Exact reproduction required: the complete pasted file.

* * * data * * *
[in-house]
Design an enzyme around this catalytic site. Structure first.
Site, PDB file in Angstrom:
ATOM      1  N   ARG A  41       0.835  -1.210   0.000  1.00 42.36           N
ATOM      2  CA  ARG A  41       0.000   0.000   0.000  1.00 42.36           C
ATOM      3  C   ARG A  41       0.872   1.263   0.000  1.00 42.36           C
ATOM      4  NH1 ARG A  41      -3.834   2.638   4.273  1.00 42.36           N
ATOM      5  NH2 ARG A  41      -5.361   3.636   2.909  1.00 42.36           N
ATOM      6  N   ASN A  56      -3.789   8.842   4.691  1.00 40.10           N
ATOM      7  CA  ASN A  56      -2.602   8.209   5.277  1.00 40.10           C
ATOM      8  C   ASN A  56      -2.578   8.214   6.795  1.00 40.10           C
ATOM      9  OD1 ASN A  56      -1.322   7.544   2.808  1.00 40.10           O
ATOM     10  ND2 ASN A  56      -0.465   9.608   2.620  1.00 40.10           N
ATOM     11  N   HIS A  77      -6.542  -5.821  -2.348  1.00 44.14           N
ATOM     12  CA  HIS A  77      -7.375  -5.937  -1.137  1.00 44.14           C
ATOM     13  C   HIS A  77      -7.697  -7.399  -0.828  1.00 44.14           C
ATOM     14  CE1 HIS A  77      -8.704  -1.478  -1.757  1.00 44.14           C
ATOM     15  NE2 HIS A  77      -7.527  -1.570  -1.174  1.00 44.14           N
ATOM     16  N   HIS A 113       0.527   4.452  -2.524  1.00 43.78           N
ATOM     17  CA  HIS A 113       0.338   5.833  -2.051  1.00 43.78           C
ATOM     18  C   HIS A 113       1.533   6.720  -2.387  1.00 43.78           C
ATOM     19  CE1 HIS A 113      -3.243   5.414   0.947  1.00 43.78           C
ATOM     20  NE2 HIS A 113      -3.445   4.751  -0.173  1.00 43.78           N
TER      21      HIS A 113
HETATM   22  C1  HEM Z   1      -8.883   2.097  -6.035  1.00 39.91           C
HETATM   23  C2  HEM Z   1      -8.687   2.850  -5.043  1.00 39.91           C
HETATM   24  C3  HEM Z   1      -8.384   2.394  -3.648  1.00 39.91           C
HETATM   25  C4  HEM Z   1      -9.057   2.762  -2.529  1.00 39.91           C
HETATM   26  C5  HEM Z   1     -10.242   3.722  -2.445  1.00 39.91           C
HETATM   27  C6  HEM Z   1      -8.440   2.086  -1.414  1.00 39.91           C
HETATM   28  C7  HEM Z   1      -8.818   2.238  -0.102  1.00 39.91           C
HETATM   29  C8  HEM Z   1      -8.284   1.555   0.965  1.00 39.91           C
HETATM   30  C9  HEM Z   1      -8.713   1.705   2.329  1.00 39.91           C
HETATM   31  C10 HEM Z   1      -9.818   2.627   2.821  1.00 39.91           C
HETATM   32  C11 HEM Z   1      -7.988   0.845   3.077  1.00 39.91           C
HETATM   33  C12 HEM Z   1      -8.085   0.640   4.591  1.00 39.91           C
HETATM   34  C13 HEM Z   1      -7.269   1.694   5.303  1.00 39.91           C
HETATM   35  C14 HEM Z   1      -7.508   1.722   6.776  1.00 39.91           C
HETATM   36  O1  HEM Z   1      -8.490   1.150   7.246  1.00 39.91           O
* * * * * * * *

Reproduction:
[in-house]
Design an enzyme around this catalytic site. Structure first.
Site, PDB file in Angstrom:
ATOM      1  N   ARG A  41       0.835  -1.210   0.000  1.00 42.36           N
ATOM      2  CA  ARG A  41       0.000   0.000   0.000  1.00 42.36           C
ATOM      3  C   ARG A  41       0.872   1.263   0.000  1.00 42.36           C
ATOM      4  NH1 ARG A  41      -3.834   2.638   4.273  1.00 42.36           N
ATOM      5  NH2 ARG A  41      -5.361   3.636   2.909  1.00 42.36           N
ATOM      6  N   ASN A  56      -3.789   8.842   4.691  1.00 40.10           N
ATOM      7  CA  ASN A  56      -2.602   8.209   5.277  1.00 40.10           C
ATOM      8  C   ASN A  56      -2.578   8.214   6.795  1.00 40.10           C
ATOM      9  OD1 ASN A  56      -1.322   7.544   2.808  1.00 40.10           O
ATOM     10  ND2 ASN A  56      -0.465   9.608   2.620  1.00 40.10           N
ATOM     11  N   HIS A  77      -6.542  -5.821  -2.348  1.00 44.14           N
ATOM     12  CA  HIS A  77      -7.375  -5.937  -1.137  1.00 44.14           C
ATOM     13  C   HIS A  77      -7.697  -7.399  -0.828  1.00 44.14           C
ATOM     14  CE1 HIS A  77      -8.704  -1.478  -1.757  1.00 44.14           C
ATOM     15  NE2 HIS A  77      -7.527  -1.570  -1.174  1.00 44.14           N
ATOM     16  N   HIS A 113       0.527   4.452  -2.524  1.00 43.78           N
ATOM     17  CA  HIS A 113       0.338   5.833  -2.051  1.00 43.78           C
ATOM     18  C   HIS A 113       1.533   6.720  -2.387  1.00 43.78           C
ATOM     19  CE1 HIS A 113      -3.243   5.414   0.947  1.00 43.78           C
ATOM     20  NE2 HIS A 113      -3.445   4.751  -0.173  1.00 43.78           N
TER      21      HIS A 113
HETATM   22  C1  HEM Z   1      -8.883   2.097  -6.035  1.00 39.91           C
HETATM   23  C2  HEM Z   1      -8.687   2.850  -5.043  1.00 39.91           C
HETATM   24  C3  HEM Z   1      -8.384   2.394  -3.648  1.00 39.91           C
HETATM   25  C4  HEM Z   1      -9.057   2.762  -2.529  1.00 39.91           C
HETATM   26  C5  HEM Z   1     -10.242   3.722  -2.445  1.00 39.91           C
HETATM   27  C6  HEM Z   1      -8.440   2.086  -1.414  1.00 39.91           C
HETATM   28  C7  HEM Z   1      -8.818   2.238  -0.102  1.00 39.91           C
HETATM   29  C8  HEM Z   1      -8.284   1.555   0.965  1.00 39.91           C
HETATM   30  C9  HEM Z   1      -8.713   1.705   2.329  1.00 39.91           C
HETATM   31  C10 HEM Z   1      -9.818   2.627   2.821  1.00 39.91           C
HETATM   32  C11 HEM Z   1      -7.988   0.845   3.077  1.00 39.91           C
HETATM   33  C12 HEM Z   1      -8.085   0.640   4.591  1.00 39.91           C
HETATM   34  C13 HEM Z   1      -7.269   1.694   5.303  1.00 39.91           C
HETATM   35  C14 HEM Z   1      -7.508   1.722   6.776  1.00 39.91           C
HETATM   36  O1  HEM Z   1      -8.490   1.150   7.246  1.00 39.91           O